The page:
19 September 2009

Charging rhinos and playful chimpanzees

Day three postscript

Our encounter with the rhino hadn't quite finished, as we sat enjoying our dinner at Sweetwaters Lodge, we looked out the window only to see a black rhino looking in. I'm sure he'd come back for Jackson!

We went back to our tents that night only to find hot water bottles at our door – this is my kind of camping!

Day four

Up again at six for a morning game drive. This time we saw a pair of white rhino, which despite Jackson's assurances that the white are not as aggressive, charged us. This time we weren't even doing anything. Well ok, we were photographing them, but we were stationary, not following them!

Saw many giraffe, buffalo, zebra and warthogs.

We went back to the lodge for lunch then off for an afternoon outing which included a trip to the chimpanzee sanctuary. The sanctuary was excellent. We had no idea how much it would cost, itis only open a couple of hours each day – in the morning and again in the afternoon. As soon as we pulled up a guide came out to meet us, wewere the only car there. Jackson stayed in the van to read his paper.

Our guide, Timothy, took us onto a viewing platform and told us all about chimpanzees and how they came to be in Kenya. They are native to Uganda, Burundi and Rwanda, but not Kenya. The santuary was opened in the 90s to look after chimpanzees that have been abused – ie kept in cages, sold illegally as pets, etc.

There are two large enclosures in the santuary housing two different sets of chimpanzees. They do not aim to breed the chimpanzees, although they do have a couple of babies, and are not planning to release them back into the wild, but rather offer a sanctuary to those that have been mistreated. The oldest chimpanzee, Poko, was 29 (apparently they live to 40 in thewild and 50 in captivity).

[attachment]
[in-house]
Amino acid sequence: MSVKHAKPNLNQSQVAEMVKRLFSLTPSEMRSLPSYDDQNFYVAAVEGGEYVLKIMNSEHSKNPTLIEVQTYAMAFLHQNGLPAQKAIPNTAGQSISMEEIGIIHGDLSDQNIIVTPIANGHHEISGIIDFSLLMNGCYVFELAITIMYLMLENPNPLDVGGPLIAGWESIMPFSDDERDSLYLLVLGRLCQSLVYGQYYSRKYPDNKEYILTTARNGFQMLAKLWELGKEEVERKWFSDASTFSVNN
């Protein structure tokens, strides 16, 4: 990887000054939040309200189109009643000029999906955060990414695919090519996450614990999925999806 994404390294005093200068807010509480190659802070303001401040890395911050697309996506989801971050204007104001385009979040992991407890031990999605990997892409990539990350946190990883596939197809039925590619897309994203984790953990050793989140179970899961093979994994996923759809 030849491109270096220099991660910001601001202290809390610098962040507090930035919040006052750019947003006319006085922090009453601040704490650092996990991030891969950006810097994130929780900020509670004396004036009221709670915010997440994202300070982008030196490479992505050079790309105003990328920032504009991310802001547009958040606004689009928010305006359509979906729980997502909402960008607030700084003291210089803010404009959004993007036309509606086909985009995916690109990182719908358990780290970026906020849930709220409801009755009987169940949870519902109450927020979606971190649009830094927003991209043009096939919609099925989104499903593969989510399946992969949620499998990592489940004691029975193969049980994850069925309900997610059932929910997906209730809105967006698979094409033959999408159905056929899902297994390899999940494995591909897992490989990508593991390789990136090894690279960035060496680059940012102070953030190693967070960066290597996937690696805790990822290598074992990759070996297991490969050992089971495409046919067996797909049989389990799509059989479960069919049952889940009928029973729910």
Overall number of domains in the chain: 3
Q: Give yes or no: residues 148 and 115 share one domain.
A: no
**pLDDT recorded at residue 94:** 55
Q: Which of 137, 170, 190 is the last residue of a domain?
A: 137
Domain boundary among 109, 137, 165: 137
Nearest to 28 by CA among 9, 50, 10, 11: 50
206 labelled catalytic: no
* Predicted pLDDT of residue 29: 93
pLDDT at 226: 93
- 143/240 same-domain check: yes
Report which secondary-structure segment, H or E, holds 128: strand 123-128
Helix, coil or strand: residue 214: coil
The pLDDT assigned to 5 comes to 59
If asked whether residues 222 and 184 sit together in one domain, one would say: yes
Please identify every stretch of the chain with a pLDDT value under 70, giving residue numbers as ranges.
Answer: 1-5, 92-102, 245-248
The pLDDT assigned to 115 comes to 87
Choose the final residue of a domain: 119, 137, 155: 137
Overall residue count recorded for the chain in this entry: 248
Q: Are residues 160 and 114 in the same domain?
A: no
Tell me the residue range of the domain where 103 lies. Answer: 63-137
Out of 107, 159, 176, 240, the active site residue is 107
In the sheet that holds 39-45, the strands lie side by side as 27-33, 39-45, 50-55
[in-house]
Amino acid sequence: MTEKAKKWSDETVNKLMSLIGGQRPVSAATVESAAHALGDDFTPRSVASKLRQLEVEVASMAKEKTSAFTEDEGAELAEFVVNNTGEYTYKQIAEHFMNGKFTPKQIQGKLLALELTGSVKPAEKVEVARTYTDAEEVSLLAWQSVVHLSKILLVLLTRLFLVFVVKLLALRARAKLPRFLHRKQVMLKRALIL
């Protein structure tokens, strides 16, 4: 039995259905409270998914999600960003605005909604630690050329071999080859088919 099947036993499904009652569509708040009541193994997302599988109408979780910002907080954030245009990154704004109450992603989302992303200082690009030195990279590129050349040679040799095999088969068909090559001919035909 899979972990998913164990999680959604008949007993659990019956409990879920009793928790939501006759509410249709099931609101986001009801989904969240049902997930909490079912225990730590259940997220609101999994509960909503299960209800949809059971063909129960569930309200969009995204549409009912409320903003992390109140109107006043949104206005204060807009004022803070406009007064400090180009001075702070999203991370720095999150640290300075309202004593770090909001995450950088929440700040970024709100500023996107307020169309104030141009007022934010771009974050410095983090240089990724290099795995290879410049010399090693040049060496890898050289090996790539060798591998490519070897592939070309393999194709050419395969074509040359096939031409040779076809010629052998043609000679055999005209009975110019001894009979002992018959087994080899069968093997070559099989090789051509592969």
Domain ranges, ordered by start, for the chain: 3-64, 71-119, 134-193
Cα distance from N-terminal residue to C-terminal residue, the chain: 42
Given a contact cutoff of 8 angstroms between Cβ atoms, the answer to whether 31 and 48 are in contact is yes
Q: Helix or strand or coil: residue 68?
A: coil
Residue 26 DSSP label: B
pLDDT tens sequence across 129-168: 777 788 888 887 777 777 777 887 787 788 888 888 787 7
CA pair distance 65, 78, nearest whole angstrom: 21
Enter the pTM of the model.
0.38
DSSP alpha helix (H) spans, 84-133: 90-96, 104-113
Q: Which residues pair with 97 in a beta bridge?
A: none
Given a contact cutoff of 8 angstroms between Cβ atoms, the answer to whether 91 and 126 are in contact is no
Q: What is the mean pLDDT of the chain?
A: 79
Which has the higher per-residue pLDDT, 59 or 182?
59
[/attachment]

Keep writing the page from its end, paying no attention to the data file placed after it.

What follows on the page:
Timothy took us for a walk through the sanctuary so we could see the second set of chimpanzees – they were excellent, we watched them across a river which separated the two sets. There were between 40 and 50 in each of the two sets.

Walking back around to the start we saw many different chimps, playing, sleeping, laughing and running away from us! One even "posed" for Ade as he was taking photos.

Throughout the tour I couldn't help but wander how much this was going to cost as there had been no discussion about money at the start and we hadn't thought to ask – stupidity on our part!

But when we got to the end and went into the information centre we realised there was no charge! We tipped Timothy – but as always were faced with the dilmma of what is appropriate to tip?!! Then "adopted" a chimp for just $50 a year to help them run the santuary. We adopted Poko.

After the chimp enclosure we went to Hippo hide where we had to get out of the van and walk along the side of the river, we had a different guide again, this time I could see there was a fence, though it wasn't a particularly high fence!!

We reached a bend in the water and sure enough, there in the water were hippos, I only saw two, a baby and a grown up, but the guide told us there were seven in this part of the river.

They are so cute, and while I know they can charge, they certainly don't seem any threat whatsover.

Day five